Beginner’s Luck: Potential Fraud by the Virginia Lottery

Case Solution

Scott A. Hoover, Jeffrey P. Shay, Sandy L. Reiter
North American Case Research Association (NACRA) ()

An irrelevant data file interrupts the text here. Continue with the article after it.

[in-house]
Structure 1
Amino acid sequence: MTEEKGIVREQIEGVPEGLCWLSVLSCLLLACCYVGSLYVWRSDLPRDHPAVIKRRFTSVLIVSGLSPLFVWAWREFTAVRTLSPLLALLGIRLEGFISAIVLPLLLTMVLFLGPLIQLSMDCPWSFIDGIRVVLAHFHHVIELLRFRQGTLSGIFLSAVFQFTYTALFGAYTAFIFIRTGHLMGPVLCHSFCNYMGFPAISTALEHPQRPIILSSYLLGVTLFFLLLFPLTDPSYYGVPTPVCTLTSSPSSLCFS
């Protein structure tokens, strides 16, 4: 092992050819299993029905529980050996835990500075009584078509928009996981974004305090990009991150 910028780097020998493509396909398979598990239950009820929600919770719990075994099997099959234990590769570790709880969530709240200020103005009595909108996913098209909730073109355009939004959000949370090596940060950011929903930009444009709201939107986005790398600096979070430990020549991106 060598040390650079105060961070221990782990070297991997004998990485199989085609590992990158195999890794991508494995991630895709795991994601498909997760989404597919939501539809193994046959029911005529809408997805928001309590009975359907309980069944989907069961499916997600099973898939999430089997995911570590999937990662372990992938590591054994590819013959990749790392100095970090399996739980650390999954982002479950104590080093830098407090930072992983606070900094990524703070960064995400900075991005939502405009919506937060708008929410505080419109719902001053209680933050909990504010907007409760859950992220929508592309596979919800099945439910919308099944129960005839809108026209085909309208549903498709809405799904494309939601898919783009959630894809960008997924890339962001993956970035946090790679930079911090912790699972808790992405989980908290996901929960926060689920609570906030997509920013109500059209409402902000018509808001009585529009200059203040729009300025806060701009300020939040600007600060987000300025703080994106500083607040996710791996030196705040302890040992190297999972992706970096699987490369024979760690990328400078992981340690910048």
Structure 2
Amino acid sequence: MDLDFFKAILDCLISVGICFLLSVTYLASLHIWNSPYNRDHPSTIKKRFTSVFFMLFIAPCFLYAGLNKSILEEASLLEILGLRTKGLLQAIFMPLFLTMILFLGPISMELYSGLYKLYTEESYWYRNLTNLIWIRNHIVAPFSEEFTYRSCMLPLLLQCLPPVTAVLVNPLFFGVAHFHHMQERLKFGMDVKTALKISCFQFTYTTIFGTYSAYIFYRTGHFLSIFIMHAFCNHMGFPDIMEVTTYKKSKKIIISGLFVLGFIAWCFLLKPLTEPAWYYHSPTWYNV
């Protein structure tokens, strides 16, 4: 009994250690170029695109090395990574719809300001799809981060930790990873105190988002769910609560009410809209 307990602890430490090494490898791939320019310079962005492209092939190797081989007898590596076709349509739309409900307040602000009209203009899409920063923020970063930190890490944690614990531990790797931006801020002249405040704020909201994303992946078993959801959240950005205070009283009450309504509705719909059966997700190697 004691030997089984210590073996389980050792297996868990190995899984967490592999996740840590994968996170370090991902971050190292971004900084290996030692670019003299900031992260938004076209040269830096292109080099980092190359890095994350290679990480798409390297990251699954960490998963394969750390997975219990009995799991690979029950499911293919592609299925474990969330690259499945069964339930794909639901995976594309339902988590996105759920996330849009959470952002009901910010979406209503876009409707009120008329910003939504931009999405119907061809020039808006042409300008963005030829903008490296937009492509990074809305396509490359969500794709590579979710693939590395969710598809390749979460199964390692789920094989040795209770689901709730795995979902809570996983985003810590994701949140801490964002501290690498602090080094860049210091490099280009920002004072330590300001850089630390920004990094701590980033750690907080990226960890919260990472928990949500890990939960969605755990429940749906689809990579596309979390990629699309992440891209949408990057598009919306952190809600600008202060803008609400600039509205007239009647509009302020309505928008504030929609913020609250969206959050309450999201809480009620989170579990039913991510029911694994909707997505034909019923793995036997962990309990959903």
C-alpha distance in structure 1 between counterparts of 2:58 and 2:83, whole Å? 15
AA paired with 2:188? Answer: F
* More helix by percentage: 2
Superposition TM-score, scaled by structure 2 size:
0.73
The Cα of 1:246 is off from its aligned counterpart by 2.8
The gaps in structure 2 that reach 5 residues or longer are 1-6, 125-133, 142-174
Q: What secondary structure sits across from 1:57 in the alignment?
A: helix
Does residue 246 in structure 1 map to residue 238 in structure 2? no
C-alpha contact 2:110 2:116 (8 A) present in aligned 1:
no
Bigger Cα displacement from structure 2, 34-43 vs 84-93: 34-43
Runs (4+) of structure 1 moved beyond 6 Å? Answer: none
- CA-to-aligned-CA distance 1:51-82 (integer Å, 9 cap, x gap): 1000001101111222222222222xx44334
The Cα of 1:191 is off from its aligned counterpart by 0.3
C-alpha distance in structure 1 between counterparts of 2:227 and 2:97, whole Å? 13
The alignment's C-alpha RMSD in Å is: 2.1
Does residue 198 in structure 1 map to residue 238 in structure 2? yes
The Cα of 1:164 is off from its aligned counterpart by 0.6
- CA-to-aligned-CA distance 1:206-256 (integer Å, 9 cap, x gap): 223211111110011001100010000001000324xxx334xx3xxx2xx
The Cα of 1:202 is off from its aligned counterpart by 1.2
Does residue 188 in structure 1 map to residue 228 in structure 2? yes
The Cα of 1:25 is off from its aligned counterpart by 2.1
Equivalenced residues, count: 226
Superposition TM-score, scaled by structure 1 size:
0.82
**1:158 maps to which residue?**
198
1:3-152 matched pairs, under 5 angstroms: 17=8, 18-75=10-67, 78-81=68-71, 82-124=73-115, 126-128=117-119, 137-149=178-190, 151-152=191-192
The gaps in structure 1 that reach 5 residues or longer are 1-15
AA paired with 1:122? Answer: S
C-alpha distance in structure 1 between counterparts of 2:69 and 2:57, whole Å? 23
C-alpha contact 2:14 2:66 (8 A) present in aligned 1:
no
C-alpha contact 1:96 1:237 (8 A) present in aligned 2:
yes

The Virginia Lottery offered scratch-off games in which consumers could instantly win a variety of prizes. In the summer of 2007, finance professor Scott Hoover discovered that the lottery’s website had misrepresented the amount of outstanding winnings on some scratch card games. After a ten-month investigation, Hoover and a team of attorneys had gathered evidence to support a specific fraud charge. The lottery sold scratch cards that were not eligible for big prizes, but its website posted information indicating that big prizes were pending. Hoover and his attorneys worked behind the scenes to seek reforms and repairs through the lottery, but those efforts were unsuccessful. He is considering going public with his allegations and filing a lawsuit against the lottery. Several important ethical questions arise. Does Hoover have a moral obligation to inform consumers of apparent fraud? Should Hoover demand the return of allegedly illegal lottery winnings if those winnings were supposed to benefit Virginia’s education system? Are there other approaches that prevent Hoover from being released that might motivate lottery officials to correct the information?

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